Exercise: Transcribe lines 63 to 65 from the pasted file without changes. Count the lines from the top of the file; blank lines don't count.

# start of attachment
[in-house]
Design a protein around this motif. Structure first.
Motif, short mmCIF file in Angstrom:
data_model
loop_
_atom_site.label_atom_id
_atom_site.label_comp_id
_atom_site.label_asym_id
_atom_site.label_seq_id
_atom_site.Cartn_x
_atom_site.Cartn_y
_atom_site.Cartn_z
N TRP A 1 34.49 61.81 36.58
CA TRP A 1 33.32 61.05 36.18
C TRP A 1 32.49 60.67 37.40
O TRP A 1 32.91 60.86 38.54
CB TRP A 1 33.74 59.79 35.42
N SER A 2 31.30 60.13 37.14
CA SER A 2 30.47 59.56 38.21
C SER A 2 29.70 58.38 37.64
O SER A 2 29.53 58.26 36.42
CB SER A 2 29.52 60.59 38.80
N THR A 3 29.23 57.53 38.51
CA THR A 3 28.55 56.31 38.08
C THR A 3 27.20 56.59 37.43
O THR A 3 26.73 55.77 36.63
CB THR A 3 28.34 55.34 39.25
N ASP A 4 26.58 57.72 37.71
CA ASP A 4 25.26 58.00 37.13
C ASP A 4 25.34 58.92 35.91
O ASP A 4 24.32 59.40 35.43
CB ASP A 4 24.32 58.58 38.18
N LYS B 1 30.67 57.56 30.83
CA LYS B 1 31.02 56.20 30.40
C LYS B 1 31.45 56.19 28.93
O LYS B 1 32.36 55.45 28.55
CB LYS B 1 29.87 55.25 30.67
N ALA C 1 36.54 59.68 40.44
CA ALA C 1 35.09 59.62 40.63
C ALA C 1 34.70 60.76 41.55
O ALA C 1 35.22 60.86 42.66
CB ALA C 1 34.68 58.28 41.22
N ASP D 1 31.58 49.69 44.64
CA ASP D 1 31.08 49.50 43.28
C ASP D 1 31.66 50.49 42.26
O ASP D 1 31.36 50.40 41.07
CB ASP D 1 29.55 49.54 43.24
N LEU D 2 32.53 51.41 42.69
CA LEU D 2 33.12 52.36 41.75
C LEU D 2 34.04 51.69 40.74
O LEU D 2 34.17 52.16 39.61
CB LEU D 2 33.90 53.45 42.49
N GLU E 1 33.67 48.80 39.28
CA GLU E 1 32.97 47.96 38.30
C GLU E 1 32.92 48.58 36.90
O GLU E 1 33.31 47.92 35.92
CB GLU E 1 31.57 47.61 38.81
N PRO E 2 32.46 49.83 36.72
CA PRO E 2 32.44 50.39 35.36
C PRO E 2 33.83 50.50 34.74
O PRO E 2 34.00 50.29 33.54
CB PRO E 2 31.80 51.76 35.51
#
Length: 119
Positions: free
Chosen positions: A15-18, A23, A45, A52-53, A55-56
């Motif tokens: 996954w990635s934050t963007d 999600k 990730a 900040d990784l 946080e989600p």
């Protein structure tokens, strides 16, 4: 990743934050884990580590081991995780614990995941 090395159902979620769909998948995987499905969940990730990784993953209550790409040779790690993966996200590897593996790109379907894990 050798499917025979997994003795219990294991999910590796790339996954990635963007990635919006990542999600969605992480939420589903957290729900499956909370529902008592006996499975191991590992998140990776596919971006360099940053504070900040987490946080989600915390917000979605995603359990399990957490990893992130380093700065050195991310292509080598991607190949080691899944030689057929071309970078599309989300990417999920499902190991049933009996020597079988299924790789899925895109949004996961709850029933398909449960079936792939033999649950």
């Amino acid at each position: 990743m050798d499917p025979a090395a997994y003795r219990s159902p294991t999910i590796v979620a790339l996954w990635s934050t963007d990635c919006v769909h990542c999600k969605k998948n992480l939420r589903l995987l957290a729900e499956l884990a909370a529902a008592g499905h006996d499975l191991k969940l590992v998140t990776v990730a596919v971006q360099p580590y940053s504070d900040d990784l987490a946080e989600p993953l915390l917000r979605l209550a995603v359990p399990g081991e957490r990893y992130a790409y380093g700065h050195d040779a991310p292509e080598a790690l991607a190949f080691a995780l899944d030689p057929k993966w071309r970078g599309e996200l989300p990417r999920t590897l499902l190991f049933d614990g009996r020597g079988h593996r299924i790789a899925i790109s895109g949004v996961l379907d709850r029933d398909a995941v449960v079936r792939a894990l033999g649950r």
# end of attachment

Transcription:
#
Length: 119
Positions: free